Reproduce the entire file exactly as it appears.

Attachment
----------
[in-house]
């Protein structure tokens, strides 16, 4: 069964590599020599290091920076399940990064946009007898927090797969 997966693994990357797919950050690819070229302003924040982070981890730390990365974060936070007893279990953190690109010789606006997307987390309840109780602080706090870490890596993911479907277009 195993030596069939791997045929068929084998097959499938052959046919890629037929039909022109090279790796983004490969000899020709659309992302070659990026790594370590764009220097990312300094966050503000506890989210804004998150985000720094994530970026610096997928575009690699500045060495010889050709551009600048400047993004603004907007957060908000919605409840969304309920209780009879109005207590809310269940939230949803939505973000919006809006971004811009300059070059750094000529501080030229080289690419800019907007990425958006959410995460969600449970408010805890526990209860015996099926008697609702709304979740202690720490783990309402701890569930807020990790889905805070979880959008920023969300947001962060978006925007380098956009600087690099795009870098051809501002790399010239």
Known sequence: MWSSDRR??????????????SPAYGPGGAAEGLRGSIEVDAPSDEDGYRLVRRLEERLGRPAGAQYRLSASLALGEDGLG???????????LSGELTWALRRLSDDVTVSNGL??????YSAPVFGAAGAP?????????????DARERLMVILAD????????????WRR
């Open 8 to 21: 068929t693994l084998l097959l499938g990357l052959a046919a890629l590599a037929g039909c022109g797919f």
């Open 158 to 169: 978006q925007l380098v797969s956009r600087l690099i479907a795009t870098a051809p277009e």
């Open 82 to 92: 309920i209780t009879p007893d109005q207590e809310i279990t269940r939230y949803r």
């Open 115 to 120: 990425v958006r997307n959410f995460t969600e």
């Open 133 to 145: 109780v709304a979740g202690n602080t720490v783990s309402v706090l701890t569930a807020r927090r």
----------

[in-house]
């Protein structure tokens, strides 16, 4: 069964590599020599290091920076399940990064946009007898927090797969 997966693994990357797919950050690819070229302003924040982070981890730390990365974060936070007893279990953190690109010789606006997307987390309840109780602080706090870490890596993911479907277009 195993030596069939791997045929068929084998097959499938052959046919890629037929039909022109090279790796983004490969000899020709659309992302070659990026790594370590764009220097990312300094966050503000506890989210804004998150985000720094994530970026610096997928575009690699500045060495010889050709551009600048400047993004603004907007957060908000919605409840969304309920209780009879109005207590809310269940939230949803939505973000919006809006971004811009300059070059750094000529501080030229080289690419800019907007990425958006959410995460969600449970408010805890526990209860015996099926008697609702709304979740202690720490783990309402701890569930807020990790889905805070979880959008920023969300947001962060978006925007380098956009600087690099795009870098051809501002790399010239």
Known sequence: MWSSDRR??????????????SPAYGPGGAAEGLRGSIEVDAPSDEDGYRLVRRLEERLGRPAGAQYRLSASLALGEDGLG???????????LSGELTWALRRLSDDVTVSNGL??????YSAPVFGAAGAP?????????????DARERLMVILAD????????????WRR
């Open 8 to 21: 068929t693994l084998l097959l499938g990357l052959a046919a890629l590599a037929g039909c022109g797919f």
């Open 158 to 169: 978006q925007l380098v797969s956009r600087l690099i479907a795009t870098a051809p277009e």
């Open 82 to 92: 309920i209780t009879p007893d109005q207590e809310i279990t269940r939230y949803r």
């Open 115 to 120: 990425v958006r997307n959410f995460t969600e």
């Open 133 to 145: 109780v709304a979740g202690n602080t720490v783990s309402v706090l701890t569930a807020r927090r």